Birmingham pubs are celebrating new legislation that they say will bring down the price of a pint – and potentially stop landlords from going bust.
A new Pubs Code has been given final approval in Parliament, giving thousands of community pubs more power to buy beer without restrictions imposed by the pub companies that own them.
Previously ‘tied pub tenants’ were forced to buy supplies like beer at hugely inflated prices from the breweries which owned the building.
But now the bill, which will now go forward for Royal Assent will mean that they can look further afield – allowing them to get a much better deal for their customers.
In Moseley, licensee Keith Marsden said the news will benefit his pub, the Prince of Wales, owned by Spirit Pub Company.
When asked whether The Prince would now lower its beer prices, Mr Marsden said: “We probably will, yes. Pub companies have a lot of power to buy beer cheaply from brewers because they’ve got thousands of pubs.
“But the most common way they let their pubs is with a tied lease which means you’re then forced to buy beer from your landlord.”
Mr Marsden says this arrangement has seen some pub companies selling beer to licensees at 50 per cent higher than the market rate.
He added: “The pub companies have been able to abuse their position and squeeze pubs till they close.
“Pubs have had to contend with a lot over the last 10 years – the smoking ban, cheaper alcohol in supermarkets, etc. – but the biggest problem has been that pub companies have been too greedy and taken too big a share of the profits made by each pub.
“It has left a lot of pubs unable to make even a living wage and hundreds of pubs have gone out of business because of this.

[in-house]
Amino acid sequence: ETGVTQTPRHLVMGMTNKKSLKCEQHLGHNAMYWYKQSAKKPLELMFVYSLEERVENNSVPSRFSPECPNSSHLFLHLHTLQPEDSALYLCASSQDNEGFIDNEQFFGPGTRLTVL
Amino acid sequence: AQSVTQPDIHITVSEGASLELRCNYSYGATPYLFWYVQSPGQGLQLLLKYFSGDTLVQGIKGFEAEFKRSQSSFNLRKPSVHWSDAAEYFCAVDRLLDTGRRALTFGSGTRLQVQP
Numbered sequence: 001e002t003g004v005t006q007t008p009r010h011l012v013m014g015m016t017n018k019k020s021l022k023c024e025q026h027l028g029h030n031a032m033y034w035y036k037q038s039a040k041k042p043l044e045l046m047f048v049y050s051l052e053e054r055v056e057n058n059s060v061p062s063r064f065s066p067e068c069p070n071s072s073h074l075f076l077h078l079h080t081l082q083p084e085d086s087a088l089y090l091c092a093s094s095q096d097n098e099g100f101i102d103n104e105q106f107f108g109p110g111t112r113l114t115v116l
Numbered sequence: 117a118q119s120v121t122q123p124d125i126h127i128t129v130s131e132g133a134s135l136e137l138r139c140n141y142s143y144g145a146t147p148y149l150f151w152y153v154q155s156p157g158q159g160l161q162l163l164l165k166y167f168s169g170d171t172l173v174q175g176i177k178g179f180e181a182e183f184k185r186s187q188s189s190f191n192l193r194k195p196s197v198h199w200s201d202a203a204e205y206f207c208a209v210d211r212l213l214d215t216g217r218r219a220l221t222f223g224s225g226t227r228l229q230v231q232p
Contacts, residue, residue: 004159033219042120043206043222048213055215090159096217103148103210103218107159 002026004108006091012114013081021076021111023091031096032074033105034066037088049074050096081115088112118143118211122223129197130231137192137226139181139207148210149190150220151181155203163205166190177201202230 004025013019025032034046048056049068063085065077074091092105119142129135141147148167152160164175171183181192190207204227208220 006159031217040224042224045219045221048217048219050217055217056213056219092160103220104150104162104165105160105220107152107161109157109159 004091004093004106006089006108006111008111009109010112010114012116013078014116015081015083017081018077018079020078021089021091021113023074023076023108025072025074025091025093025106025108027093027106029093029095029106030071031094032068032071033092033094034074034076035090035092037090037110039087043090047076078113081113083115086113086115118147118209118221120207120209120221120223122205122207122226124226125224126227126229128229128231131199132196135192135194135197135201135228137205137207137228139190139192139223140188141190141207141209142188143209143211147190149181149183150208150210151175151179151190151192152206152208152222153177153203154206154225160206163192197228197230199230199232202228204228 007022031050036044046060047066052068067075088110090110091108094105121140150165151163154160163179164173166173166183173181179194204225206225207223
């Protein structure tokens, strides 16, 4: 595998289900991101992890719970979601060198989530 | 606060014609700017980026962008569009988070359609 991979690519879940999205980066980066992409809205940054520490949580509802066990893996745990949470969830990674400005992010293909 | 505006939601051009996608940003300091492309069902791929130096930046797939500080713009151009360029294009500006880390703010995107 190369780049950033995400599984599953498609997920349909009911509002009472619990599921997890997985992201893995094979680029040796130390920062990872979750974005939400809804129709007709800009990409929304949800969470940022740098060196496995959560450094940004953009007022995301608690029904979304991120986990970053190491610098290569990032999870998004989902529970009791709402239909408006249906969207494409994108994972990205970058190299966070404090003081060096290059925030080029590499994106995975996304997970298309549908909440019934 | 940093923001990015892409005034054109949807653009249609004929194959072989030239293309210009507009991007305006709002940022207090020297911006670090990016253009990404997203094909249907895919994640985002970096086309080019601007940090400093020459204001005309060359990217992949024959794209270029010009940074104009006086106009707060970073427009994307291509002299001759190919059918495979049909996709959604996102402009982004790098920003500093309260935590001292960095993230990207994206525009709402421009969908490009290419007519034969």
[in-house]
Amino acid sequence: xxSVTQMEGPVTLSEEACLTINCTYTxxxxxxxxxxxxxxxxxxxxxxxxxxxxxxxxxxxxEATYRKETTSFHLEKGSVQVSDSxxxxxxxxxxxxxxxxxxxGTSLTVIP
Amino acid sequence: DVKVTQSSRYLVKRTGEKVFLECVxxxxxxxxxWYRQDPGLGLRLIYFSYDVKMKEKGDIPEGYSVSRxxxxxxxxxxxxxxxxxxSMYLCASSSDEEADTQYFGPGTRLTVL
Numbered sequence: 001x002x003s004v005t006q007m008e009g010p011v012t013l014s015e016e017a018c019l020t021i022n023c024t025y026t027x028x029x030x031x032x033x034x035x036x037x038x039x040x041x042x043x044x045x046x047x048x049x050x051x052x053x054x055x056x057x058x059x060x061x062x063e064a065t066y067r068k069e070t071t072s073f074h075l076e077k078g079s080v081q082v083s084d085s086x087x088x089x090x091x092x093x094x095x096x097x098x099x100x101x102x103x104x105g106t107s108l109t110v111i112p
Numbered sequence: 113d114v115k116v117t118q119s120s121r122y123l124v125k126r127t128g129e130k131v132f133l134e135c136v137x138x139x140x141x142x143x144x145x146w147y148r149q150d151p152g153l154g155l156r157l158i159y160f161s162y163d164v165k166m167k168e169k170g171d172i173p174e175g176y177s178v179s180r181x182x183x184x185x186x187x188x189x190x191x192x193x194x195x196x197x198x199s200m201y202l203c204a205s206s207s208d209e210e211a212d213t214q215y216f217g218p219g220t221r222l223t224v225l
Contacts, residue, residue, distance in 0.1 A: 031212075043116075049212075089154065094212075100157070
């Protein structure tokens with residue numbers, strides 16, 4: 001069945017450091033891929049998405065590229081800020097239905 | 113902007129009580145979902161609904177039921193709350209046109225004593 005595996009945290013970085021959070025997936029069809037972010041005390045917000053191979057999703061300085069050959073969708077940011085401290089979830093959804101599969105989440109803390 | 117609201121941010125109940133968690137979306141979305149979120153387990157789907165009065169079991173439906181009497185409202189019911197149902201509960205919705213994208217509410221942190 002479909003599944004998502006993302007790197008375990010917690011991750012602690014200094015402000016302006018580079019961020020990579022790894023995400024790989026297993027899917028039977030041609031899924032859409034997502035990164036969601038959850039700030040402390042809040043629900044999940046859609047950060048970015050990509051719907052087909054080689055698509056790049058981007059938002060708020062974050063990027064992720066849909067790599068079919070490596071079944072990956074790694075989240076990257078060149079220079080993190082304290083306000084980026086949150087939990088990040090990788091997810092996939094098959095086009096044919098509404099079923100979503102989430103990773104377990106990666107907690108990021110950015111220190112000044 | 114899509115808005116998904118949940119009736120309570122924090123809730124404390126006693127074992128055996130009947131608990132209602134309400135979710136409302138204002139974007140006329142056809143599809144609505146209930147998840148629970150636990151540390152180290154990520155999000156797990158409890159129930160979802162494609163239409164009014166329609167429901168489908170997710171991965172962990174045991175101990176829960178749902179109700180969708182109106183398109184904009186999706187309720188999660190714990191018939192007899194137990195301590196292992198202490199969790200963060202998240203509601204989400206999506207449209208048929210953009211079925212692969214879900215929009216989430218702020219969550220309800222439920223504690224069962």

“At one point we were seeing 60 pubs close a week and the West Midlands has been one of the worst hit areas in the country.”
The new legislation is designed to rectify the imbalance of power, creating a Pub Code (a code of practice) to prevent pub companies from treating pubs unfairly.
There’s also a new “Market Rent Only” rule so that a pub on a tied lease should pay no more rent than a similar free trade pub.
Mr Marsden, who also runs The Dark Horse in Moseley (a free trade pub), said: “Not only do I hope we can buy beer at cheaper prices but, crucially, we can now buy different beers.
“At the moment we buy off a standard list – and the pub company like us to buy standard lagers – but today people like to try small artisan products which are very difficult to get in a tied lease situation.
“There are a lot of ales we would love to buy but that’s been difficult.”
Since taking over the Prince, Mr Marsden has spent the last eight years protesting against unfair tied leases and campaigning for new legislation.